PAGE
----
canus), and western red-tailed hawk 5 but remains of the Texan rabbit 
have been found in the stomach of the red-tail in only three cases 
among a large number examined. The western horned owl (Bubo 
virginianus subarcticus) and the golden eagle (Aqnila chryscetos) should 
also be mentioned. The marsh hawk (Circus hudsonius) occasionally 
attacks rabbits, and Mr. J. Alden Loring shot one at Yernon, Tex., while 
in the act of killing a young jack rabbit which weighed a pound and a 

The mammals in this list are likewise few in number, the most 
important being the coyote (Canis latrans), gray wolf (Cams nubi'lus), 
long-eared fox (Vulpes macrotis), gray fox (Urocyon), and wild-cat 
(Lynx). Skunks, weasels, and badgers may occasionally destroy the 
young, but seldom, if ever, the full-grown hares. The badger, an inde- 
fatigable hunter of the ground squirrel and the prairie dog, is too slow 
of foot to overtake the jack rabbit in a fair race, and is unable to cor- 
ner him in a hole, as he can a burrowing animal. 

On the Great Plains the gray wolf undoubtedly destroys large num- 
bers of jack rabbits in the region from Colorado northward. In Mon- 
tana, according to Dr. George Bird Grinnell, 1 "The abundance or 
scarcity of the prairie hare in any district depends almost altogether on 
the number of wolves to be found in the same tract of country. Where- 
all the coyotes and gray wolves have been killed or driven off, the hares 
exist in great numbers; but where the former are abundant, the latter 
are seldom seen. We saw none near the Missouri River, where the 
bun';i Iocs, and consequently the wolves, were numerous; but at Camp 

Ludlow's Kept. Reconnaissance Yellowstone Nat. Park, 1870., p. 


Baker, where there were scarcely any wolves, the hares were very 

The coyote is a most effective rabbit destroyer and accomplishes 
more good in this way than he usually receives credit for. II is true 
value, however, is beginning to be appreciated by fruit growers. The 
following notes contributed by .Mr. Vernon l>ailc\ show how coyotes 
sometimes prey on jack rabbits. Mr. Bailey says: 

Iu trapping on the greasewood Hats about Keltou, in northern Utah, during tin 
Latter part of October j L888, I noticed in many places that jack rabbits (Lepu* 
texiaiuis) had been killed and eaten by Home animal. The feet, hits of skin, and fur 
were usually all that remained, hut I Immediately attributed this destruction t*> 
Coyotes, and later on was able to verity the conclusion by finding remains of rabbits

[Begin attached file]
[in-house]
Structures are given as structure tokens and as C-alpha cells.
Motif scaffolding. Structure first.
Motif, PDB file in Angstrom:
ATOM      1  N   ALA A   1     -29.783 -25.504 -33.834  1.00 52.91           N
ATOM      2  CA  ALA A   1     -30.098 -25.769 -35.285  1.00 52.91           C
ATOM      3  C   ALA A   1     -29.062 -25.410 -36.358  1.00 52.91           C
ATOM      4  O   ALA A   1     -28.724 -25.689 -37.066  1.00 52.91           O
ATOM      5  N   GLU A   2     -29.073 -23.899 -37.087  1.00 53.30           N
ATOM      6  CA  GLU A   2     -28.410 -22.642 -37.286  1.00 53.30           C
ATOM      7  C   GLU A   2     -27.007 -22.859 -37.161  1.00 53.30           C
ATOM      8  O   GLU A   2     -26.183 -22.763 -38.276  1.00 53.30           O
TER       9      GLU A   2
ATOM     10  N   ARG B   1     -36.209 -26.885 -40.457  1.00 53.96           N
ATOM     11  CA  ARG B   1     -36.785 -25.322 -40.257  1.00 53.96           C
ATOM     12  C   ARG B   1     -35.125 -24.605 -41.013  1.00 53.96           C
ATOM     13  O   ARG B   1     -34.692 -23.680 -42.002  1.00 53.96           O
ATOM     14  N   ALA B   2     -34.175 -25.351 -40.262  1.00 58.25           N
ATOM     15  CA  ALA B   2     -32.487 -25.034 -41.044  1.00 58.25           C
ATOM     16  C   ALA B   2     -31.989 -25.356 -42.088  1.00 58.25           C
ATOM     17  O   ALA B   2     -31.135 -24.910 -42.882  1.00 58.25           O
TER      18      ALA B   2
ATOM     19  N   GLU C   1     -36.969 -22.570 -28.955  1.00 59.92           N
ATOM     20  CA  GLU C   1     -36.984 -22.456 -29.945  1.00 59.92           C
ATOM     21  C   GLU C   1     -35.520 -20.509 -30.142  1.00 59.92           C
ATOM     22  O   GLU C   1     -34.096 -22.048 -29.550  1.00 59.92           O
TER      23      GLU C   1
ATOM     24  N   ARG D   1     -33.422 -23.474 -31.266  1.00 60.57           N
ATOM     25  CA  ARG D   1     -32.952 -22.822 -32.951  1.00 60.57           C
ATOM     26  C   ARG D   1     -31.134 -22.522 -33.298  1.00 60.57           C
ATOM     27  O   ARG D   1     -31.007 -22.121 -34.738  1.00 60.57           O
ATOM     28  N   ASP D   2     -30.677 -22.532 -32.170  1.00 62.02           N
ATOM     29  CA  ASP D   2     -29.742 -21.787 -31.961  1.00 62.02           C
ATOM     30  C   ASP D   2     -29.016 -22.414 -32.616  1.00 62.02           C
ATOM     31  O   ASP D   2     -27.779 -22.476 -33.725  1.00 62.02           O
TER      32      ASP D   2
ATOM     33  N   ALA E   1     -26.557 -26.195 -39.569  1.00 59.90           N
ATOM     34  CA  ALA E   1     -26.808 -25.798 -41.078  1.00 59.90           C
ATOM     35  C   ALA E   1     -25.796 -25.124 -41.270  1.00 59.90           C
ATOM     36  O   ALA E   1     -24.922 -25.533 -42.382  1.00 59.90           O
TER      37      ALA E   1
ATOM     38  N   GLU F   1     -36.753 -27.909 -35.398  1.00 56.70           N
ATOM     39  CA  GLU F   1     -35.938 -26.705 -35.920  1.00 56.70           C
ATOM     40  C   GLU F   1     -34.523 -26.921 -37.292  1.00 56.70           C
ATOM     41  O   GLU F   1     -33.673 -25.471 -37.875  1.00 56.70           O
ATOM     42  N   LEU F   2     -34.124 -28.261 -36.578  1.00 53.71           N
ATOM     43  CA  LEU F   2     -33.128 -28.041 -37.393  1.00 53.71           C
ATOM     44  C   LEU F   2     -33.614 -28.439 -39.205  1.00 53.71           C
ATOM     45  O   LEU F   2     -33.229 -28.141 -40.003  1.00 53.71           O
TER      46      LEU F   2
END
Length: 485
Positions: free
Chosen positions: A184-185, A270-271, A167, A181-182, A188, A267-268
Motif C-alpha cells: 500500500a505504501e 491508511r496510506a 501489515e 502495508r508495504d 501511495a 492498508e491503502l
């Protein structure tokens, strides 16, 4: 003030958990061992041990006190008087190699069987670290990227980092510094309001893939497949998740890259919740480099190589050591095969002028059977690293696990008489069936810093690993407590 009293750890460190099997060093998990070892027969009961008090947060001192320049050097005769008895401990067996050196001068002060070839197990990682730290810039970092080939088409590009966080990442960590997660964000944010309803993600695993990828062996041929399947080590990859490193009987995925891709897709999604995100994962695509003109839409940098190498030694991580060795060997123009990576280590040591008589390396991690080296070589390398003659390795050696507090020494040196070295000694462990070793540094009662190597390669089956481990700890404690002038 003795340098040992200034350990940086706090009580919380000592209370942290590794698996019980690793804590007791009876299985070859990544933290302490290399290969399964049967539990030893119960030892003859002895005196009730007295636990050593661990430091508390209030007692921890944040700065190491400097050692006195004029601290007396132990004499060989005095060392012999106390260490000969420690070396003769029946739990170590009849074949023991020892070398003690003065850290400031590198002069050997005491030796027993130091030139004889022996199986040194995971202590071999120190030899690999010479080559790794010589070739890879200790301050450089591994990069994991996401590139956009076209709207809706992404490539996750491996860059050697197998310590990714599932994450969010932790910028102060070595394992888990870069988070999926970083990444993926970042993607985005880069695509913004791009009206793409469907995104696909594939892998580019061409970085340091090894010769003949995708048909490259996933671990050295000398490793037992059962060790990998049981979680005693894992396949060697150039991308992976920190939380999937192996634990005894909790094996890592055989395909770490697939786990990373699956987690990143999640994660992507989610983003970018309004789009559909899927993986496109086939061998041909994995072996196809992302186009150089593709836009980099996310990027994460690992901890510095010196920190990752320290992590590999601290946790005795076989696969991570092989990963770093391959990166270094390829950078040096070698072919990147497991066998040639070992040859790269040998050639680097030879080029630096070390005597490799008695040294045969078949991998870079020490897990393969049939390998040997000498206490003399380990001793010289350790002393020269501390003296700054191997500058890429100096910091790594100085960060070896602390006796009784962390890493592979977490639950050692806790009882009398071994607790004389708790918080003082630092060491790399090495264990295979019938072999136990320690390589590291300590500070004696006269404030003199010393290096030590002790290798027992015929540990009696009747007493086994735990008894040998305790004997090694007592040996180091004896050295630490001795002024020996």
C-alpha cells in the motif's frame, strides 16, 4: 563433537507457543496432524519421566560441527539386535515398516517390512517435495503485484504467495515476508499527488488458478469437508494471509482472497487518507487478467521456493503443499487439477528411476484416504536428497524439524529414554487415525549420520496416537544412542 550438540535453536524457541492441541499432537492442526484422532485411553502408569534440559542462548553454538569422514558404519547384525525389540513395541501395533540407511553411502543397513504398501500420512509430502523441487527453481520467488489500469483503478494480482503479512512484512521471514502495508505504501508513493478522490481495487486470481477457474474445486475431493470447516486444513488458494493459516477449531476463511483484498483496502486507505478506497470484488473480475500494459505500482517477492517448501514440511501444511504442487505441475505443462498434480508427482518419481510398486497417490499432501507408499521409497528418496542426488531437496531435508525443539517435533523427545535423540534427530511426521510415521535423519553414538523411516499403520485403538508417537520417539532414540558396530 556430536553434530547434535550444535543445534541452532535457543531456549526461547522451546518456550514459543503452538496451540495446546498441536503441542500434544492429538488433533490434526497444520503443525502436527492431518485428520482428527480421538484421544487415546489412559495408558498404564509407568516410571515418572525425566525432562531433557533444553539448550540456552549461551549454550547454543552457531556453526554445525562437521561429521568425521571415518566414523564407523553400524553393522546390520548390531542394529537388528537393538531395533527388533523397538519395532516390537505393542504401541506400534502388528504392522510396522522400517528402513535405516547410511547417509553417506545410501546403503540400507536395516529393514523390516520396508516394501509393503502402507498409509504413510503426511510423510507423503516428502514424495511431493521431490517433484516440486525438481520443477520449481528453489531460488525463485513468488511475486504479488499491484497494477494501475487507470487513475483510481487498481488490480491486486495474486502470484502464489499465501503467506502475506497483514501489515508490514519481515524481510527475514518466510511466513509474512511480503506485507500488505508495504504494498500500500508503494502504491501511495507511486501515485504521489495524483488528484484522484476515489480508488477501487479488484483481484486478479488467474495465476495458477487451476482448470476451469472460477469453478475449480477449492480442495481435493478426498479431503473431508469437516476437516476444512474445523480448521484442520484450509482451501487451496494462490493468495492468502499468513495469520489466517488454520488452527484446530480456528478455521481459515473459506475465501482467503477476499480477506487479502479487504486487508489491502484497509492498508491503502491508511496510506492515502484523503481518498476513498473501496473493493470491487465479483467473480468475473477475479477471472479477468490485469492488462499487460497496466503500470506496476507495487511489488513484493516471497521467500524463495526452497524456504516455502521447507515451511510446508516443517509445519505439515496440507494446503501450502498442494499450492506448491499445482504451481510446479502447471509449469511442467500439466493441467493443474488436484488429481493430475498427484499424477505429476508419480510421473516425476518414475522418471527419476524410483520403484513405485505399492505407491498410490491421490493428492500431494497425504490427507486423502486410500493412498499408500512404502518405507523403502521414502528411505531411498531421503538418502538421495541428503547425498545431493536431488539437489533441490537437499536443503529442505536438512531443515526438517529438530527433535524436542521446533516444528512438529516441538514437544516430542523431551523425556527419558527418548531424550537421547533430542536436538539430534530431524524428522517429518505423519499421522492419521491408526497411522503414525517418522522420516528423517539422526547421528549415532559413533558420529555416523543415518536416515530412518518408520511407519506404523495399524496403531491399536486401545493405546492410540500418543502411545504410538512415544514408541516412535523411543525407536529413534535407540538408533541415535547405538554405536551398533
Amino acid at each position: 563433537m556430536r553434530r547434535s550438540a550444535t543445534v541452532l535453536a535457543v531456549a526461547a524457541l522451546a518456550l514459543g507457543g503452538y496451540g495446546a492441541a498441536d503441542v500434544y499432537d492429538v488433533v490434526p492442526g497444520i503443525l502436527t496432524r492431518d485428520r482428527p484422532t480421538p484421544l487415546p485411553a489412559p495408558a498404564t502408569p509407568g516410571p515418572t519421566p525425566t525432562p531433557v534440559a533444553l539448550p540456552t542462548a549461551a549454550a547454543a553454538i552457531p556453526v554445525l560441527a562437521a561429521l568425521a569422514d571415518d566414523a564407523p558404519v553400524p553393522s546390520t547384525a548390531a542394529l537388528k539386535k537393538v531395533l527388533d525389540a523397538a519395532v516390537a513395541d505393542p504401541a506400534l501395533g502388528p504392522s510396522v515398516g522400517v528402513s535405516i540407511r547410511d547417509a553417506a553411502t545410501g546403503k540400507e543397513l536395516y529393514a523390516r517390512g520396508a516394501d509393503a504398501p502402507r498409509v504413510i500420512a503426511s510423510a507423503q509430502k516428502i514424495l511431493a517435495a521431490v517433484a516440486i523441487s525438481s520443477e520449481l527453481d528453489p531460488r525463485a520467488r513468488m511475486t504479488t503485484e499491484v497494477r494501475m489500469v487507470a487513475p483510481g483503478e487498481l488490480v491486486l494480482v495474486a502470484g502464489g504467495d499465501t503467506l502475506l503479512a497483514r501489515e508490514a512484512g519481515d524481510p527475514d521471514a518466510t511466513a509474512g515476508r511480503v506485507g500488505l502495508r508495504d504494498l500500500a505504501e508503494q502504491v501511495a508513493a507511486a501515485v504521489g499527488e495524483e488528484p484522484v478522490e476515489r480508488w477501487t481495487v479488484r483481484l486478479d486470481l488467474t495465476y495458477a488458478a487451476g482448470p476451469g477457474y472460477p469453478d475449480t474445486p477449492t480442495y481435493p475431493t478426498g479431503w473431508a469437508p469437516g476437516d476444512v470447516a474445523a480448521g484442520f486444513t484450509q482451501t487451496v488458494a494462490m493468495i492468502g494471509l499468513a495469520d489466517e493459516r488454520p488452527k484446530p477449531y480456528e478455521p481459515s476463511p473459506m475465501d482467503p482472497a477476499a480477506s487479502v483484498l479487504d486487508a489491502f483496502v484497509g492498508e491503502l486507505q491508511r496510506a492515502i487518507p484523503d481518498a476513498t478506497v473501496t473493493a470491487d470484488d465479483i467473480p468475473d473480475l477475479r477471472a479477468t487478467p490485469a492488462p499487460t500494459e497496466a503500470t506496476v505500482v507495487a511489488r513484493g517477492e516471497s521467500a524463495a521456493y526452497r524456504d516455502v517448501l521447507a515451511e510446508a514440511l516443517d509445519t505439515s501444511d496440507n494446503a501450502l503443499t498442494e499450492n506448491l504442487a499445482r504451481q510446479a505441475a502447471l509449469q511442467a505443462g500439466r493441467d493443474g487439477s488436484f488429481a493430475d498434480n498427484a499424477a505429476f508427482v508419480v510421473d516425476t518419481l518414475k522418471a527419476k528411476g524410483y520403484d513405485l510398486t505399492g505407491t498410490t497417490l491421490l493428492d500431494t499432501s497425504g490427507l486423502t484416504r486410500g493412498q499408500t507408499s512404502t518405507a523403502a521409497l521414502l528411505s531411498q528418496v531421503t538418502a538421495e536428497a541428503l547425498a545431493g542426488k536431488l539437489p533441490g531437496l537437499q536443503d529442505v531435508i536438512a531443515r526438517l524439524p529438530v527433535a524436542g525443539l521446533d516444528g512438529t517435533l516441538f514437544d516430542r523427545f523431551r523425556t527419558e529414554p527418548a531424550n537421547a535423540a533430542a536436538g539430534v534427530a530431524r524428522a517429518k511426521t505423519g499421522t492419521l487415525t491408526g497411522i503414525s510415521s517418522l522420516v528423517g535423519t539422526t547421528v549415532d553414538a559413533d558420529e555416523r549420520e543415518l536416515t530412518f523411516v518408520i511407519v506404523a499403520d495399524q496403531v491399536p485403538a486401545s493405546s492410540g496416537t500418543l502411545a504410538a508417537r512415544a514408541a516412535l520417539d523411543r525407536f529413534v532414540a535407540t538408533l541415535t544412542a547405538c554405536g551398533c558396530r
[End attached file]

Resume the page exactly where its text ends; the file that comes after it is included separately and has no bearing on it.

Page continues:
surrounded by fresh coyote tracks. In a walk of a mile it was common to see \\ here 
a dozen had been eaten, and I could even see where the coyotes had inn and caught 

the rabbits. I was surprised at the number killed, although both rabbits and 
coyotes were numerous. As I walked through the brush jack rabbits would jump 
ii]> and run every few minutes, and coyotes were frequently seen. In this particular 
spot the numerous bunches of greasewood (Sarcobatus) scattered over the smooth 
valley bottom gave the coyotes a great advantage, enabling them to approach close 
to the rabbits and prohahly catch them before they got fairly started. It is very 
doubtful if a coyote can catch a jack rabbit in a fair race on open ground. 

About live years ago the State of California ottered a bounty of $5 
each for coyote scalps. The act was passed March 31, 1891, and pro- 
vided that such scalps should be deposited with the clerk of the board 
of supervisors of the county in which the animal was taken, within three 
months after the date of capture, and must be accompanied by an alii 
davit showing the time and place that the animal was killed. The law 
practically remained in force up to September 30, 1892, when the State 
board of examiners refused to pass on any claims for scalps taken sub 
sequent to that date. The State controller reports that the sum paid 
for scalps during the eighteen months that the law remained in effect 
was (187,485, and that up to June 30, 1894, no less than 71,723 coyote 
scalps had been presented, with claims for bounty amounting to $358,015. 
This immense destruction of coyotes has permitted the increase of the 
smaller animals on which they feed. Complaints have been made 
that the rabbits are increasing in numbers and that the damage done 
by them is greater than that caused by the coyotes. As already stated, 
the county of San Bernardino in 1893 ottered the unusually high bounty 
of 20 cents apiece on the rabbits, which, as a result of this wholesale 
destruction of coyotes, had so greatly increased in numbers. In this 
remarkable case of legislation a large bounty was offered 1>\ a county 
in the interest of fruit growers to counteract the effects of a State 
bounty expended mainly for the benefit of sheep owner-! 


.lack rabbits are subject to epidemics, which occasionally reduce 

their numbers very materially. These outbreaks are more or less local, 
but are reported every few years. According to Mr. George Watkins, 



rabbits were found in large numbers in Ash Meadows, Nevada, pre- 
vious to 1891, but in the spring of that year they were very rare. He 
attributed the decrease to the prevalence of an epidemic, which had